As part of UC Berkeley’s FRABJOUS.CS project Snap development has won an NSF grant. Brian and I have been redesigning and reimplementing BYOB from the ground up, and renamed the new application Snap. The idea is to make Snap more accessible to school and college audiences by letting it run in the web browser, and by significantly speeding it up while at the same time preserving the brilliant Scratch 1.4 look and feel and extending BYOB’s additions to it.
We have been extremely fortunate in being supported by fantastic advisors, including some of my all-time CS heroes like John Maloney, Dan Ingalls, Mitch Resnick and Mark Guzdial. A personal highlight for me was having been invited to spend a few days together with Alan Kay and his group in L.A. discussing big ideas and exchanging different approaches to them. Alan had gathered many of the original PARC gang and most of the later Squeak team for this, and months later I’m still humbled and digesting all the provocative perspectives that came up there.
I’m also very pleased by our progress and by the results so far. At the moment of writing this (mid-September 2012) the current
already supports most of Scratch’s and BYOB’s features:
- Browser based. Snap! runs in any contemporary browser without needing to install any software or browser-plugin. Enjoy it on your iPad!
- Speed. Snap! is up to 11 times faster than BYOB 3.
- Build Your Own Blocks. Create custom commands, reporters and predicates for any category anywhere in the palette. Like variables, the scope of your custom blocks can be sprite-local or global “for all sprites”.
- Drag-and-Drop. Import any resource (picture, sound, sprite, project, blocks-module) simply by dragging it from your desktop and dropping it onto Snap! Create scripts simply by dragging and dropping blocks. Run any script or block simply by clicking on it.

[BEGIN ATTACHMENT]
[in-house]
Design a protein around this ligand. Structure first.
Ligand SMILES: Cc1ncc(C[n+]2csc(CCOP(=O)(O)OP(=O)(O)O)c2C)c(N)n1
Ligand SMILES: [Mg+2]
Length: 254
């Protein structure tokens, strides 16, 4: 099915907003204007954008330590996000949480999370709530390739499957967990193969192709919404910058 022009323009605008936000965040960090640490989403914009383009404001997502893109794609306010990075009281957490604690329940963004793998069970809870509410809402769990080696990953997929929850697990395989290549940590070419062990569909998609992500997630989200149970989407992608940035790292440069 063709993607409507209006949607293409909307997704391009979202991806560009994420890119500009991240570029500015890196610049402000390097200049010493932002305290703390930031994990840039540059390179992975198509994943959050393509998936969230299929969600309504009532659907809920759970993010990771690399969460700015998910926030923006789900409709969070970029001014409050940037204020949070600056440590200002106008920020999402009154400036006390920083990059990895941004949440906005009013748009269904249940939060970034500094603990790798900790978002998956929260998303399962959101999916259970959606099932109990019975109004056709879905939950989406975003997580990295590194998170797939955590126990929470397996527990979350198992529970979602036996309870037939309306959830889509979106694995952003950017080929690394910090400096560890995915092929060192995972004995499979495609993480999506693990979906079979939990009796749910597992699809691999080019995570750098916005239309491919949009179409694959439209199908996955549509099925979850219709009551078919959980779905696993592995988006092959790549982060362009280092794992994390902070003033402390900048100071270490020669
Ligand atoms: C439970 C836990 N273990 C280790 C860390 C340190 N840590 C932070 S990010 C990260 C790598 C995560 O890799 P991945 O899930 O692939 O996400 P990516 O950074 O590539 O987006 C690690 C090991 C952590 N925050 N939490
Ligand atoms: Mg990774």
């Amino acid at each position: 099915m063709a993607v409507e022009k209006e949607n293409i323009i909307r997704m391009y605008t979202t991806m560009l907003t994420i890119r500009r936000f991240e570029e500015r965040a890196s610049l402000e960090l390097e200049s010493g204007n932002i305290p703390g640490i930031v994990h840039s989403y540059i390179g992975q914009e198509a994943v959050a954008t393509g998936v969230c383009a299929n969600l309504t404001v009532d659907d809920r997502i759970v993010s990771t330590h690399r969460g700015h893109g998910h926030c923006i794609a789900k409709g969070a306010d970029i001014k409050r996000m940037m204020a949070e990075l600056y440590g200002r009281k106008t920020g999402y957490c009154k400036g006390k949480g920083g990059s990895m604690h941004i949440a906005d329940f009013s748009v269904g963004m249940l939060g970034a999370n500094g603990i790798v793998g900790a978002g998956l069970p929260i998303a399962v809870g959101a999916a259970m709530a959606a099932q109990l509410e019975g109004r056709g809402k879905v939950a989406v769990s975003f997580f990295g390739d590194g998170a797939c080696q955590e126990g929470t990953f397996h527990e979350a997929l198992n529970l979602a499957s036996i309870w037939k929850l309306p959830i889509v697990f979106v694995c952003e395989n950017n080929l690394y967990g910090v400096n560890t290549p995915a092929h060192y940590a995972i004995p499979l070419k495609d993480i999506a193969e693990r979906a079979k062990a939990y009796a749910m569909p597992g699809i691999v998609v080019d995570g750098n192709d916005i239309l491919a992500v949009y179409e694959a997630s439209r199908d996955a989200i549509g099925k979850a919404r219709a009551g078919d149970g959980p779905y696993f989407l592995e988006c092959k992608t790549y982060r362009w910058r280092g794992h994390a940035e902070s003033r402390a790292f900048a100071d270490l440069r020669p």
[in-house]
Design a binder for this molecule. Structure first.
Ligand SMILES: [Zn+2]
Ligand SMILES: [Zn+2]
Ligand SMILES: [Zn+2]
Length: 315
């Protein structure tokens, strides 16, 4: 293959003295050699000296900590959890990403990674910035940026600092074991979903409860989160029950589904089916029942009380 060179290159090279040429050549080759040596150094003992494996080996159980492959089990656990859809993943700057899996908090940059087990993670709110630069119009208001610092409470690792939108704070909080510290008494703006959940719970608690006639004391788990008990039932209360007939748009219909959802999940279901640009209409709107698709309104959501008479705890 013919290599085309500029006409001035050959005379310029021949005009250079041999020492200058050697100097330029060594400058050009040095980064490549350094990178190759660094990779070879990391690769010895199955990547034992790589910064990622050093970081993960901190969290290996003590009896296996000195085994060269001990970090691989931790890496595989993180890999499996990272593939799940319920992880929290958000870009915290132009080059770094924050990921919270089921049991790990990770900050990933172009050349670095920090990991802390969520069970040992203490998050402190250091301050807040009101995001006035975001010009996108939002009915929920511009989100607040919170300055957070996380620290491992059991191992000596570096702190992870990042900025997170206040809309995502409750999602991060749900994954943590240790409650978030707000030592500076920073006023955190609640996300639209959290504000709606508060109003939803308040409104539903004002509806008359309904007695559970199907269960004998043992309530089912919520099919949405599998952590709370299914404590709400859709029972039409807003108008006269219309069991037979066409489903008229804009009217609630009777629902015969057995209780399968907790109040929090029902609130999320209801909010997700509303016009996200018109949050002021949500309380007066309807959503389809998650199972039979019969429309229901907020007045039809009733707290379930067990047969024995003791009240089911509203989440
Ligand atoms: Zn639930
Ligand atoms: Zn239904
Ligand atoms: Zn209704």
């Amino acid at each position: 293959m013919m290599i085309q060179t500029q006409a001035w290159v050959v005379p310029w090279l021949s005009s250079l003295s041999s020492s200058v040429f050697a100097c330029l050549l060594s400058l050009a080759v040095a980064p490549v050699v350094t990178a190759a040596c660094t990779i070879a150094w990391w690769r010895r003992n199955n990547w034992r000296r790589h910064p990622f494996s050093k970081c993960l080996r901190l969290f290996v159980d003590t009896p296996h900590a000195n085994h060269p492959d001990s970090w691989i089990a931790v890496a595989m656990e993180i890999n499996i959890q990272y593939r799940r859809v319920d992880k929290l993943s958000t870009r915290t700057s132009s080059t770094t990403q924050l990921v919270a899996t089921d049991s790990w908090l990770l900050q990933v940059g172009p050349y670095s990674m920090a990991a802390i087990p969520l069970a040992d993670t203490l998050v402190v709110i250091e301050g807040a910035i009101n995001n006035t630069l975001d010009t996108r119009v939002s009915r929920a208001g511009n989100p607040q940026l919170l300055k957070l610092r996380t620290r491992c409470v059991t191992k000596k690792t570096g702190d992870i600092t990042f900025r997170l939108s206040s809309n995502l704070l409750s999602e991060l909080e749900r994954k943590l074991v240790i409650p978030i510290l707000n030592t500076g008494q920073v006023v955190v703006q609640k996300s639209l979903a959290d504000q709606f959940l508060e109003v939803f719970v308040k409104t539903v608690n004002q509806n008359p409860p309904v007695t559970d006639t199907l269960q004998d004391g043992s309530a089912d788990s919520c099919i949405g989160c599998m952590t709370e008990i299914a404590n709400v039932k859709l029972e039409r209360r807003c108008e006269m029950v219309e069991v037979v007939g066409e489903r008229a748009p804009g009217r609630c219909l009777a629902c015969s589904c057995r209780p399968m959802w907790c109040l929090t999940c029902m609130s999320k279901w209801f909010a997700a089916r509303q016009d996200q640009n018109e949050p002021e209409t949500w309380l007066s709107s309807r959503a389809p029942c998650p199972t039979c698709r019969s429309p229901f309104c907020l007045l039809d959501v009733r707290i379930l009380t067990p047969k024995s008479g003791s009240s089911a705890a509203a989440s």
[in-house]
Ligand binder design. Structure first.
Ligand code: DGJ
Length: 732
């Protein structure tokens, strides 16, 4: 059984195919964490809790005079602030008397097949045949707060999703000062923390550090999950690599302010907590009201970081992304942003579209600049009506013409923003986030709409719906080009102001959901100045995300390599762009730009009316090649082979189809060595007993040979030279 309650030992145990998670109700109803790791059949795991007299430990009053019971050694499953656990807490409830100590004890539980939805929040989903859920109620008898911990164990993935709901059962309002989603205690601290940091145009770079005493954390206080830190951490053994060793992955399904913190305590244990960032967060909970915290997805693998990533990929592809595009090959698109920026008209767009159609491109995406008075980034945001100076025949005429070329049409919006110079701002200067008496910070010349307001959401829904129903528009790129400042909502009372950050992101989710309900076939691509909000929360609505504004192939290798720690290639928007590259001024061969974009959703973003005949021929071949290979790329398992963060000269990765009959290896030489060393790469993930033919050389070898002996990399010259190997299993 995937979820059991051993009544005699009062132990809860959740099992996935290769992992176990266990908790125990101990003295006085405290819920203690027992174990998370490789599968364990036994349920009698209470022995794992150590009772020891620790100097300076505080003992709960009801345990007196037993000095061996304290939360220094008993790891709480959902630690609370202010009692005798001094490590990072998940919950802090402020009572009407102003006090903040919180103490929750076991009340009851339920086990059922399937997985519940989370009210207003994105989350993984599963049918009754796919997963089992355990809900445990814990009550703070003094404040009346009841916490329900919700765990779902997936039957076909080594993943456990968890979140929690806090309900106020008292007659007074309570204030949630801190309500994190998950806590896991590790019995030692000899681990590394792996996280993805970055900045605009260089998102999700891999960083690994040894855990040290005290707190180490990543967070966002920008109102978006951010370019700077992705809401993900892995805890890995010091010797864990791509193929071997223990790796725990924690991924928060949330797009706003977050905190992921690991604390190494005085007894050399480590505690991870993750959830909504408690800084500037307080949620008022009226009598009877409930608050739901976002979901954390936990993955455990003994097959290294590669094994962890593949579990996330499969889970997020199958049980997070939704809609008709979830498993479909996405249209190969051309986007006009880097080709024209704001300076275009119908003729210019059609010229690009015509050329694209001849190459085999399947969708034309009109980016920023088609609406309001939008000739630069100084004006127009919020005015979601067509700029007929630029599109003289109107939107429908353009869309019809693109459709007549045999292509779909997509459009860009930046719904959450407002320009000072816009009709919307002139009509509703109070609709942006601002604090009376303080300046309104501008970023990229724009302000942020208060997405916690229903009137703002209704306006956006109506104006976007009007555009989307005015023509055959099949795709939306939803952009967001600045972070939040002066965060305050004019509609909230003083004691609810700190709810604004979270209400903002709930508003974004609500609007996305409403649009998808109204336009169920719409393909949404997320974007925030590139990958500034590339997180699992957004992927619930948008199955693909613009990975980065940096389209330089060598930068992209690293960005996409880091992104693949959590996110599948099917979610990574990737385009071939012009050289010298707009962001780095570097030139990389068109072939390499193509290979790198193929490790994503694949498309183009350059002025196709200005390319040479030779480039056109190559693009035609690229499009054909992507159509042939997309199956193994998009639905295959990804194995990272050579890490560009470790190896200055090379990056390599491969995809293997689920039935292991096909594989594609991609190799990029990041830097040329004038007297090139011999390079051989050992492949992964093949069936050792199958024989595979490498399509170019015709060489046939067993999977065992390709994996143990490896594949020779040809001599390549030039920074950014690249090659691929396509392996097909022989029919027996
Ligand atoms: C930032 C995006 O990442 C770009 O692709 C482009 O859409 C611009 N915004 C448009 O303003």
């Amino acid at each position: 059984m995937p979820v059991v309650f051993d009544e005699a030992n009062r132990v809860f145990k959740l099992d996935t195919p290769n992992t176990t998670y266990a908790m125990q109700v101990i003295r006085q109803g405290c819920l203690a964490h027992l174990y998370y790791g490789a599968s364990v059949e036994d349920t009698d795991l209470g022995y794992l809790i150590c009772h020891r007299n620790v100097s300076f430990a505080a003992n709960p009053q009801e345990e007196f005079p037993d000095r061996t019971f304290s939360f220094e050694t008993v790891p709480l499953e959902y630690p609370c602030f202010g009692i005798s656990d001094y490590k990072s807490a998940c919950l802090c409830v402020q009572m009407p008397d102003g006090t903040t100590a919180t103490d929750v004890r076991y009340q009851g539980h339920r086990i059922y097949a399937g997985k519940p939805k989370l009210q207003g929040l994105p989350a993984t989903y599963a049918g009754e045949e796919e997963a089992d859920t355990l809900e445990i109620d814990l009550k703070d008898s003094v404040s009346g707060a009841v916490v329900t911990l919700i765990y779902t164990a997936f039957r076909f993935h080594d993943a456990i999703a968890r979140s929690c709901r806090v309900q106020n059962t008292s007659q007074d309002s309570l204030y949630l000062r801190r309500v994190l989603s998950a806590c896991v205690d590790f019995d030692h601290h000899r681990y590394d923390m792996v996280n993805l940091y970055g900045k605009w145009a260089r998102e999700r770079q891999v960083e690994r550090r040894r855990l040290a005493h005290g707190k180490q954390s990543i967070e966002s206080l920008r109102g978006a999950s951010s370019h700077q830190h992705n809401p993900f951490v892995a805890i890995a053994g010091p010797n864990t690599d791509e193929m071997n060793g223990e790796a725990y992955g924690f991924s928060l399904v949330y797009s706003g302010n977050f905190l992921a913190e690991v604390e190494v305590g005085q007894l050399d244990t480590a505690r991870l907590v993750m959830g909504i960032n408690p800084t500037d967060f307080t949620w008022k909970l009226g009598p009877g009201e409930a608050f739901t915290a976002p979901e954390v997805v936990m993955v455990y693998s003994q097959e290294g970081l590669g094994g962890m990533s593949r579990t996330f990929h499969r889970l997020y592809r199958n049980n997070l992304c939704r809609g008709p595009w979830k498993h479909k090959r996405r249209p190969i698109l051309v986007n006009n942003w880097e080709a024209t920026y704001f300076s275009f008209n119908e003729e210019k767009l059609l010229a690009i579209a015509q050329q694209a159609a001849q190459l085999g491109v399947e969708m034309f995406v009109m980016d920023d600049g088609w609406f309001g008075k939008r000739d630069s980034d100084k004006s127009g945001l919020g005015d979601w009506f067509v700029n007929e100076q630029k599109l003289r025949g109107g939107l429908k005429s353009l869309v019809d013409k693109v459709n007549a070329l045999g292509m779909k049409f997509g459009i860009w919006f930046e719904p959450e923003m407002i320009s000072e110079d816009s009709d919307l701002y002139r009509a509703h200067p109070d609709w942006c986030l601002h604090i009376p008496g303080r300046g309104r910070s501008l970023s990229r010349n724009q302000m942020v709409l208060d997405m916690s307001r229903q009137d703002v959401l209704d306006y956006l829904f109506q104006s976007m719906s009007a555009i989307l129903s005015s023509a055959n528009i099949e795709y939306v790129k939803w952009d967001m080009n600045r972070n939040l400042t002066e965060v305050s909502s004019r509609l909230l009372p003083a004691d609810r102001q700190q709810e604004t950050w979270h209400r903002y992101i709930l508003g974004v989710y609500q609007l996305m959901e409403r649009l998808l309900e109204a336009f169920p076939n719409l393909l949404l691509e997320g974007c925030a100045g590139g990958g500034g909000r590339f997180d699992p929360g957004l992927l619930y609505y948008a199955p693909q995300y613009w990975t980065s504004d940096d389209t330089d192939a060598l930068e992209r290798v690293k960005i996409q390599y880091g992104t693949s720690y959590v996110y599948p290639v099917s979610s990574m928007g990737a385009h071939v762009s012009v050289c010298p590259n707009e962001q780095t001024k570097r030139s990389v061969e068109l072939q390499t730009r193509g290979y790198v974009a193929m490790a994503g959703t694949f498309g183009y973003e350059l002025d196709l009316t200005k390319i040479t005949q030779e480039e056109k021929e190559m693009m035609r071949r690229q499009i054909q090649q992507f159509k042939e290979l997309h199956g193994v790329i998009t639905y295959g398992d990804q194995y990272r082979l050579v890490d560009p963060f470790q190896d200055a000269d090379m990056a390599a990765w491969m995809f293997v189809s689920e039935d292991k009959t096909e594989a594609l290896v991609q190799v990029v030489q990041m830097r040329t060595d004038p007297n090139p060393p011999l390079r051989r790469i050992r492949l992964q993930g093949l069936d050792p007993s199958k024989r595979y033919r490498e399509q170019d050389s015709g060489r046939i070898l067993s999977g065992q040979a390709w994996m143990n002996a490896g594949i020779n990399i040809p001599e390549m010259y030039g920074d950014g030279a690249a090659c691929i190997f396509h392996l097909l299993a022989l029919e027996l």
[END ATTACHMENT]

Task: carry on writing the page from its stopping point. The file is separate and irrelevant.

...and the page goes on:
- Tail-call optimized evaluator. Implement recursive loops and execute them forever without running out of memory.
- Full closures. (Anonymous) First-class procedures (lambda) and fully closurized local variables let you extend the language with your own higher order functions and arbitrary control structures, and even implement a dispatch-procedure style OOP system on top. Build your own C-shaped, E-shaped and and even multi-C slotted blocks.
- Temporary variables and formal parameters, lexically scoped.
- First-class continuations let you implement even fancier control structures, such as CATCH-THROW for non-local exit.
- First-class lists for arbitrary data structures. Snap’s lists now sport a hybrid architecture, allowing their usage both as dynamic arrays and as linked lists for recursive constant-time operations.
- Variadic inputs. Use the right-arrow to expand many input slots.
- Snap!shots. State-persistent projects. Smalltalk-style image based programming.
- Modularity. Export and share projects, sprites and block-modules as XML, costume graphics and pictures of scripts.
- Morphic. Snap! uses its own Squeak-like GUI system for the best lively user experience. Switch to development mode to look under Snap’s hood, inspect it and deconstruct it!
- Pause. Presss the pause button to suspend a running a project and inspect it’s state. Press it again to resume execution.
- Threads, events, atomicity control etc.
This summer, the charismatic Dan Garcia and my Snap colleague and co-developer Brian Harvey have been tirelessly traveling all over the U.S. (and just about all over the rest of the world) teaching teachers the Beauty and Joy of Computing, and gradually shifting from BYOB to the new Snap along the way. Again, so far the results have been very encouraging.
It really has been an exceptional year for me and for Snap. I am now working full-time on Snap, and grateful to my employer MioSoft for generously supporting this effort. There is also exciting development in the pipeline, such as taking Snap! to the Cloud.